Writing about mental health from a feminist counselling perspective
I often imagine conversations I'll have with my daughter when she gets older. I imagine how I might talk to her about consent, what I'll share with her about mothering, what I want her to know about friendship, and of course, what I want to help her understand about love.
Specifically, I was thinking about how I would explain my love for her. I often had conversations with my own mom where I tried to understand why she loved me, and I don't know that I ever quite got it. So if she ever asks me why I love her, this is what I came up with:
I love her. Full stop. Not because she's so smart (she is), hardworking (she is) or totally warm and funny (ditto, ditto). I love her very being. So there really is no "I love you because". Her beingness is enough.
Now, I also happen to love her hugs, and her thoughtfulness, and how excited she gets. I love it when she dances and I love that she loves reading. I love taking her swimming and showing her the world around us. Those are things in addition to simply loving her. And so even if those things change (and we all change, throughout our lifetimes), I still love her. That doesn't diminish or abate on account of what she does.
So there you go - that's unconditional love.
I think it's pretty amazing, and I also think it's pretty unique. It's the kind of love a caregiver has for their child.
The love we have for our partners is different. It is - and should be - conditional.
As we enter adult partnership, we are really asking for a reciprocal love that flows in both directions. This means that we're stepping away from the "no matter what you do, I'm always here for you" parental love we receive as children to something that's more mature. In order for that love to thrive, it needs to have boundaries around it. Here's a simple example - if your child goes to jail for selling cocaine, there's a good chance you're going to keep visiting them, helping them heal, and loving them with all your heart. On the other hand, if your partner goes to jail for selling cocaine, there's a good chance that'll signify the end of your relationship. It's pretty reasonable in that case to say "you know, I'm not interested in continuing a relationship with someone who's in jail for selling drugs". Now, even that example won't be true for everyone depending on the unique circumstances, and yet we all do have limits. Each of us have things that are acceptable to us in relationship, and things that are not. We have things that we can work with, and others that are deal-breakers. The purpose of loving relationships, after all, is not to endure, but to thrive. How can we thrive when we are not getting the basics of what we need in our relationship?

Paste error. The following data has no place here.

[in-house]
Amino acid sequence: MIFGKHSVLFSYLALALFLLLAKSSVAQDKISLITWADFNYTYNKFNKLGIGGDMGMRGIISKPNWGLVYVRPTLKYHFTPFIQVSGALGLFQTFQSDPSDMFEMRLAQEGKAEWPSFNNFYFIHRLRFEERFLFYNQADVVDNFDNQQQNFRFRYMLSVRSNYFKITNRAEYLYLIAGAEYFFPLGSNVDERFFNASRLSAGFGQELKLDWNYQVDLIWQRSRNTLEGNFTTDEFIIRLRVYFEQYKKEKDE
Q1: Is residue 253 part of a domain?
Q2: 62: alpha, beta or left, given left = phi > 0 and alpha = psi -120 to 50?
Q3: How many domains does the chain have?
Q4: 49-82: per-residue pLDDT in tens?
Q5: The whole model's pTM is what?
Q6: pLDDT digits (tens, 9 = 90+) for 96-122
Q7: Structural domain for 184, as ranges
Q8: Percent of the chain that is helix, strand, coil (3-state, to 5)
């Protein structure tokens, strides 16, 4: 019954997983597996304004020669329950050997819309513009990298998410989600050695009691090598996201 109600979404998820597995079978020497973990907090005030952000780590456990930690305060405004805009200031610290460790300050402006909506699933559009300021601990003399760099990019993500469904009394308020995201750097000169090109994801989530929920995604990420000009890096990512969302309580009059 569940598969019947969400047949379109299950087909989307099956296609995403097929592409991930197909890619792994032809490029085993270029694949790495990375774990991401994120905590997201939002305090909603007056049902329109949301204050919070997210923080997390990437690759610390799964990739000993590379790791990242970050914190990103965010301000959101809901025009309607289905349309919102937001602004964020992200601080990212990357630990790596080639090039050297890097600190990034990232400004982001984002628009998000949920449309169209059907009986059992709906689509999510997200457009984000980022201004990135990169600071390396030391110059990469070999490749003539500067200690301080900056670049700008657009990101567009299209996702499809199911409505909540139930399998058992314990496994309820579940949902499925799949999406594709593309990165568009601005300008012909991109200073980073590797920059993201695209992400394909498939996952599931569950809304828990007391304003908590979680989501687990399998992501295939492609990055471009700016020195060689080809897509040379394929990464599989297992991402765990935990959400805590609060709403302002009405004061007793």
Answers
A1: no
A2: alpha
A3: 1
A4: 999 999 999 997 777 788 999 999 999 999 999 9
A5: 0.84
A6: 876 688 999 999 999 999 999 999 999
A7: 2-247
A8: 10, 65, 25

Committing to love an adult partner "unconditionally" isn't heroic - it's self-sabotage. You hurt yourself at a deep personal level by staying in an environment that isn't sustaining you, and ironically, even the person you're partnered with will end up feeling resentful toward you. This becomes especially dangerous when unfulfilling relationships go on for years - it's bound to lead either to an explosion or implosion of some kind. A relationship with conditions, on the other hand, has the power to be expansive. Neither partner is staying in it out of duty, fear, or familiarity. Instead, each is committed to their own and each other's growth. They are committing to truly respecting each other and to mutually offering that which will sustain and nurture the relationship.
Here's the bottom line: If the person you're supposed to be partnered with isn't available, isn't able to make a commitment, is unwilling or unable to process conflict with you, or is otherwise not going to fulfill the basic aspects of a relationship, then it's perfectly acceptable to let that relationship go, as they aren't able to offer you true partnership. Beyond that, we each have our own version of personal limits and deal breakers. It's up to us to do the work to figure out what those limits are, and whether we're in a relationship that seeks to mimic a parent-child dynamic or one that offers us true adult partnership.
Nicole Perry is a Registered Psychologist and writer with a private practice in Edmonton. Her approach is collaborative and feminist at its heart. She specializes in healing trauma, building shame resilience, and setting boundaries.
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This space will provide information, stories, and answers to big questions about some of my favorite topics - boundaries, burnout, trauma, self compassion, and shame resilience - all from a feminist counselling perspective. It's also a space I'm exploring and refining new ideas.
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